Discontent has gone and with contentment in its place it is fitting that the old scene of aggression should become the home of happiness.

Extract Taken From 'Memorials of Old Mexboro' by William J.J. Glassby — 1893
He further describes that at Mexborough as an elliptical area surrounded by a high mound of earth and a conical tumulus rises near one of the foci. The tumulus is so placed that a considerable portion of it is within the mound, there are also appearances of an out-work beyond the trench.
This earthwork was no doubt constructed to form a protection to the passage over the Don at this place.
Here, close by, is Stafford Sands where the Wapentake — from the Anglo-Saxon Woepon —weapon, tak — to touch — of Stafford and Tickhill was held.
This Wapentake was the court of the Lord of the honour of Tickhill, the tenants and vassals assembling at this place twice a year swear allegiance, each one severally touching the spear held by their lord, as a token of fealty.
The castle hill rises at the eastern extremity of the town by the river, in many respects resembling the Castle of Conisbrough. The mention of castle hill here raises a question of interest. Dodsworth, the eminent collector of information relating to Yorkshire, writing concerning the Don describes the river passing "Mexborough where hath a castle". Glassby then goes on to tell of an interesting story concerning the castle, he states: The original founders of Conisbro' Castle intended building the fortress at Mexboro, but some perverse elves always came by night and transplanted the materials to their present site at Conisbro'.
Nevertheless, it is most probable that at some time a castle defiantly reared its towering battlements on this spot.
Glassby then quotes from John Wainwright who wrote in 1829:
"Several other similar edifices formerly reared their crests on the banks of the Don, but that at Conisbro' only escaped destruction. The sites of all of them arte traditionally pointed out, although not one stone of the structures can now be identified."

Extracts From Hunter's South Yorkshire - 1828
We find near the village of Mexborough one of those ancient fortified hills of which we have other specimens a Bradfield, Wincobank, Laughton, Conisbrough, and Tickhill. The construction is in all nearly the same; an elliptical area is surrounded by a high mound of earth, and a conical tumulus rise near the foci. This work at Mexborough is of greater magnitude than similar works at Bradfield and Wincobank. The area also approaches more nearly to the circle than in those works, or in the works at Conisbrough or Tickhill. The tumulus is so placed that a considerable portion of it is without the mound. There are also appearances of an outwork beyond the trench, which I do not remember to have observed in any other work of its class. The most probable supposition concerning all these works is that they belong to the Brigantian era. This is, however, a point which no indications, either in the form of the works themselves, or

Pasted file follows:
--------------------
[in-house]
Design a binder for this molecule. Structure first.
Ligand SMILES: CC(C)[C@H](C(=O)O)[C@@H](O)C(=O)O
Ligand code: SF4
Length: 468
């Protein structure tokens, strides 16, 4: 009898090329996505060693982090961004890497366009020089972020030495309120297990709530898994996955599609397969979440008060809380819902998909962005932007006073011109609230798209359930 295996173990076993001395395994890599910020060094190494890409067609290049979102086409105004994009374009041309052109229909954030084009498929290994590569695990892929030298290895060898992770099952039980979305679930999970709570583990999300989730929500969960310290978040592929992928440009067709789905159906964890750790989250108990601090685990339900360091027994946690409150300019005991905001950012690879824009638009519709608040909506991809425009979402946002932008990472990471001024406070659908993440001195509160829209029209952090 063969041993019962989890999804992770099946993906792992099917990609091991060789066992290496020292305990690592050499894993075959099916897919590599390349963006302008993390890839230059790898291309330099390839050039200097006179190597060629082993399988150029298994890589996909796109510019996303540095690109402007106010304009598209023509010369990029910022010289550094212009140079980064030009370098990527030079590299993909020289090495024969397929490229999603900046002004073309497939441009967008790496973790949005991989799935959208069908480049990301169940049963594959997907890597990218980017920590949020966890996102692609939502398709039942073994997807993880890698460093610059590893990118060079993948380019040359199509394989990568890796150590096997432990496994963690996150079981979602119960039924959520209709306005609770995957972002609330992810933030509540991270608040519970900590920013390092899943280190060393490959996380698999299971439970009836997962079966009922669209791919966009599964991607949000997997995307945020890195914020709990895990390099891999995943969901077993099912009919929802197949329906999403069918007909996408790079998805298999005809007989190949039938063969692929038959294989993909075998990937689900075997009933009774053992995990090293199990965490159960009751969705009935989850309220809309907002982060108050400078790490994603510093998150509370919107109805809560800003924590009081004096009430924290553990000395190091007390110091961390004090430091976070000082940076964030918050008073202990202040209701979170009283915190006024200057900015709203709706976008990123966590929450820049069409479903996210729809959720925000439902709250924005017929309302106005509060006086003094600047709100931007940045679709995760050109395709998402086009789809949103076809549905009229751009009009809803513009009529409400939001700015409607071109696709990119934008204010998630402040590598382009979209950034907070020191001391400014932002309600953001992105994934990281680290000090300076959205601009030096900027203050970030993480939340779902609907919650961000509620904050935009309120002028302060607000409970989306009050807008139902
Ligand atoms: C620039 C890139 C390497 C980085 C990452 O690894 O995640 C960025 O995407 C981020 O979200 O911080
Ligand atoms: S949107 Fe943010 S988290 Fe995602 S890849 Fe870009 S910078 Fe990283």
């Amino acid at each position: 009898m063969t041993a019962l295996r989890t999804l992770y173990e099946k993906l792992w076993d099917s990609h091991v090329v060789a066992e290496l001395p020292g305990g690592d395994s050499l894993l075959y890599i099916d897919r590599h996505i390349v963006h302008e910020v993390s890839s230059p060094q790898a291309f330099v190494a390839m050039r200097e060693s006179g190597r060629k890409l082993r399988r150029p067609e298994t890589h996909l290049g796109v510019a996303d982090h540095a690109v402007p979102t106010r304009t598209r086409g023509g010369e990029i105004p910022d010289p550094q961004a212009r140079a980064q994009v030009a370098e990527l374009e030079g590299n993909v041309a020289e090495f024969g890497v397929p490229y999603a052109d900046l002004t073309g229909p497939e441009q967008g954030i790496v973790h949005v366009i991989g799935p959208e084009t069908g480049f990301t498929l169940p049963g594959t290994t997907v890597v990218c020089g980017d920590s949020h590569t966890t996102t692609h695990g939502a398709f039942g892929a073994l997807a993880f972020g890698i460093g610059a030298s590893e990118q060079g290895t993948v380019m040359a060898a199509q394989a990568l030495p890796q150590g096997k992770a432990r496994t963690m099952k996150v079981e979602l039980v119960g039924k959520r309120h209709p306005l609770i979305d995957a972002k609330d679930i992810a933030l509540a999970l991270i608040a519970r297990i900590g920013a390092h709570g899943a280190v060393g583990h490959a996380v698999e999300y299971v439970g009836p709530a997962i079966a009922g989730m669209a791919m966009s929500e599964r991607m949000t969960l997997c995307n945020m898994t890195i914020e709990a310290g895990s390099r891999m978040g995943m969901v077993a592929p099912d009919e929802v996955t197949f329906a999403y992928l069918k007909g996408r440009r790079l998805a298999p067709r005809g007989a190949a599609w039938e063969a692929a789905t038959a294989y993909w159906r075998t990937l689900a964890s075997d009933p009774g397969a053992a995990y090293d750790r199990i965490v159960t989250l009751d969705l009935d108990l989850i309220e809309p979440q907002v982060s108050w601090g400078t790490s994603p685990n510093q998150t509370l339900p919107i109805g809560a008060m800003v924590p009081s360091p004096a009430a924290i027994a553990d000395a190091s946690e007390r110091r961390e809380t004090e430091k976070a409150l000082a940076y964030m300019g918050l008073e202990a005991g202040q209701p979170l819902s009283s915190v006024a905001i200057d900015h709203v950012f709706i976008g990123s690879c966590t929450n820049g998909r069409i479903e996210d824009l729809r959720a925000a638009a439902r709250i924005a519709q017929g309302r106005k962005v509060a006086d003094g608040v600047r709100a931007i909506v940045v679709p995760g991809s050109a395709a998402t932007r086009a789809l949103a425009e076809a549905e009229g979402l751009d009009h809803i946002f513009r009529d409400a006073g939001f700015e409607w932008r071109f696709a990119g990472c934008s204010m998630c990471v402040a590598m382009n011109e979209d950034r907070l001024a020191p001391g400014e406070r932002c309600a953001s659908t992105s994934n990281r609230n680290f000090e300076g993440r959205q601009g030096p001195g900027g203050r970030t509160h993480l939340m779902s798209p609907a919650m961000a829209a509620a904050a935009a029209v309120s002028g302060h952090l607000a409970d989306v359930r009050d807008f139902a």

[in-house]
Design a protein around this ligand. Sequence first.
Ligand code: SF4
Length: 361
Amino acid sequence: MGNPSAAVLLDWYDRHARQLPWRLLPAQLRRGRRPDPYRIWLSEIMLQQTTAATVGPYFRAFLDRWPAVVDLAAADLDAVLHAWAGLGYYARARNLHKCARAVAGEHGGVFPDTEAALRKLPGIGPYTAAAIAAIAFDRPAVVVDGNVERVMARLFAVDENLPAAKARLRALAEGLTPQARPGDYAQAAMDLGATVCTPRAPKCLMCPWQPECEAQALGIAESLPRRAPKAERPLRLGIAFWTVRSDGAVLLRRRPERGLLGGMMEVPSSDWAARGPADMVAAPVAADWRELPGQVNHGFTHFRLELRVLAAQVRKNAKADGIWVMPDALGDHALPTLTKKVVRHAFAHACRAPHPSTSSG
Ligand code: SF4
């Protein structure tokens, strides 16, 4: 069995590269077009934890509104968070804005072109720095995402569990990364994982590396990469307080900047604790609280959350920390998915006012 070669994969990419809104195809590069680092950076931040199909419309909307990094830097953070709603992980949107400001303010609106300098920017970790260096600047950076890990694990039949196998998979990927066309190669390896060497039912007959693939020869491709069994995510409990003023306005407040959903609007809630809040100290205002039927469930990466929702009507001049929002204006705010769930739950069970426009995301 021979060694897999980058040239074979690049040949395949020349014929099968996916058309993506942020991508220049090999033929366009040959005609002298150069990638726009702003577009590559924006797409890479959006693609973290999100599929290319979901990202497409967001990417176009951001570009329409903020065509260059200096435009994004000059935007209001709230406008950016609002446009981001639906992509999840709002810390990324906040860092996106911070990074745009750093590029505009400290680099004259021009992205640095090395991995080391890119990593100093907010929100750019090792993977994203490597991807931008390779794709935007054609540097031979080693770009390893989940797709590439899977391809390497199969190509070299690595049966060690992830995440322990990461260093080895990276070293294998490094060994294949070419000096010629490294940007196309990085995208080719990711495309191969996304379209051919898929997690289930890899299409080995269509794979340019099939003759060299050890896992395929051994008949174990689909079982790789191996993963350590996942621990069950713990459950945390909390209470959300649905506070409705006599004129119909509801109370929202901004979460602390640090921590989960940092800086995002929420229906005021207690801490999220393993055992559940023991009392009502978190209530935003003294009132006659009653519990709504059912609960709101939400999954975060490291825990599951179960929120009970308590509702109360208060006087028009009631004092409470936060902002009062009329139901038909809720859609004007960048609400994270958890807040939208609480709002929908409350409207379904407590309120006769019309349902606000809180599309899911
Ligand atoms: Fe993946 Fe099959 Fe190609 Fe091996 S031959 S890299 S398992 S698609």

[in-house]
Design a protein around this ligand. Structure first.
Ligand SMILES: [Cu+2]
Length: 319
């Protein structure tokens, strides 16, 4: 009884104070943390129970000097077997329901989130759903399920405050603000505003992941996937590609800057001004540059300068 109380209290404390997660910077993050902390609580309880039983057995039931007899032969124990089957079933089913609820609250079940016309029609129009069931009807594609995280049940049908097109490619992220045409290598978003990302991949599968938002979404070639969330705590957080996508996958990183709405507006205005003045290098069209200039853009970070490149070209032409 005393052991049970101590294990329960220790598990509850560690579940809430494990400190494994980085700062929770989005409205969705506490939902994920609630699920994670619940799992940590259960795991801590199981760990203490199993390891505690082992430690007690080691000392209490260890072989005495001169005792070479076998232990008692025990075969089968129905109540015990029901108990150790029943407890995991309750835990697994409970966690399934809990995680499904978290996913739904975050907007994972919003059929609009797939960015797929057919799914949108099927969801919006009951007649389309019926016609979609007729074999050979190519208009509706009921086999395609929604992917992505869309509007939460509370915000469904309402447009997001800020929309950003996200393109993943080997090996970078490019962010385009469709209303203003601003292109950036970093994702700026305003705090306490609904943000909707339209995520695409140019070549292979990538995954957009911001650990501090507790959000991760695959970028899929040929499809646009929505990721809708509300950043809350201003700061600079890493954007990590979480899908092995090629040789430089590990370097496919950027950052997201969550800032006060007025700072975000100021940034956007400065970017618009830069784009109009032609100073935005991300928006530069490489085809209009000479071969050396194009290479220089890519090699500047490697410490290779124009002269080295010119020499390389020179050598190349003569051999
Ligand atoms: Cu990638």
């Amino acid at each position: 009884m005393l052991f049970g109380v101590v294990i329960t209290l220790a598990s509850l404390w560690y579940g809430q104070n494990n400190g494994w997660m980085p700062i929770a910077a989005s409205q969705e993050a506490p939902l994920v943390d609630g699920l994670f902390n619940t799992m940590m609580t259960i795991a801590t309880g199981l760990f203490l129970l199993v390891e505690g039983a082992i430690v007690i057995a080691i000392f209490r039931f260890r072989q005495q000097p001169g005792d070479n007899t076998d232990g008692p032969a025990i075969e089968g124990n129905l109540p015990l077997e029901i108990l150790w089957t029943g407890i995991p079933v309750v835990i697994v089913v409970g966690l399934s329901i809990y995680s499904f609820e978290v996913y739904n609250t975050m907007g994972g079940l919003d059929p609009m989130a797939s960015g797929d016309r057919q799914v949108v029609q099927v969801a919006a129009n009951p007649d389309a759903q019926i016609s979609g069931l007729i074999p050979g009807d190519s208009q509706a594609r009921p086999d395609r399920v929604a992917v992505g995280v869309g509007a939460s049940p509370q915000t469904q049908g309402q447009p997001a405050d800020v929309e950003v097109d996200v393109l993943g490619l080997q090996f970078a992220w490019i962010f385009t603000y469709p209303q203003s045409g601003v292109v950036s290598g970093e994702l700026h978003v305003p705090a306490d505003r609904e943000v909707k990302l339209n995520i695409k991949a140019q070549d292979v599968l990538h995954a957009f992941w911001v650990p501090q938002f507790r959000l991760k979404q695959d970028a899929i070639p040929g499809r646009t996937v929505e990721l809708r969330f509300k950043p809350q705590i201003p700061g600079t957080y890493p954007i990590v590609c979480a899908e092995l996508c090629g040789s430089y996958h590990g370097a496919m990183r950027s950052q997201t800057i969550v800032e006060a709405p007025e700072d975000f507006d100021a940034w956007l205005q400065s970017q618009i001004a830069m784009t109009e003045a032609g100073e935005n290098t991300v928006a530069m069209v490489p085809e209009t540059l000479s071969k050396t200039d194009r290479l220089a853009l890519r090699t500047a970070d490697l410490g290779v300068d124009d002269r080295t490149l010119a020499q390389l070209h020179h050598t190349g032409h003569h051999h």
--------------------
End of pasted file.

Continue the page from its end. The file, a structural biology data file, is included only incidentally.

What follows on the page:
in the general history of this district, are sufficient to determine.
But by whatever people it was constructed, one object in the forming of so strong a work at this place was doubtless to afford protection to the passage over the River Don at this place. Here is the Strait Ford, Strafford, still remembered in the name of Strafford-sands, given to some low lying lands near Mexborough, whence the wapentake derives its ancient name. At this central spot the assemblies of the men of the wapentake must have been held, and if we may be allowed to carry back those assemblies to so remote an era, they might also require the protection which such a work would afford. The wapentake court is no longer held, but as late as the reign of Edward I I find reference to the holding of it in this place.

Rotherham by John Guest — 1879
We visited the earthworks commonly known as Castle Hills, which are reputed to be Roman. We consider them to be of British origin, as they want the regularity of the genuine Roman Camp. These earthworks consist of a lofty mound, which might be used as an observation or watch-tower; also of a capacious camp surrounded by a deep ditch, and some earthworks. Mexborough Castle is in a grass field, on the right side of the road which leads from Mexborough to the new colliery village of Denaby Main.

Other Useful Information Concerning the Castle
Sale of the Site. On 18`h July 1900 an article appeared in the Mexborough and Swinton Times informing readers that For Sale Boards were to be seen on Castle Hills. The writer stated that it would make a perfect situation for a park.
When Castle Hills was Donation to Mexborough. In celebration of the birth of a son and heir, Mr. F.J.O. Montagu has presented to Mexborough the historic Castle Hills for use for ever as a recreation ground. Taken from the Mexborough & Swinton Times 18th July 1908.
When the War Memorial was Unveiled. This Red Granite Cenotaph was erected on Castle Hills, at a cost of £579. It was unveiled at 3.00p.m. on Saturday llth November 1922 by Brigadier-General Sir Alington Bewicke Copley, K.B.E. C.B. following a parade that commenced from Bank Street led by the Mexborough Military Band.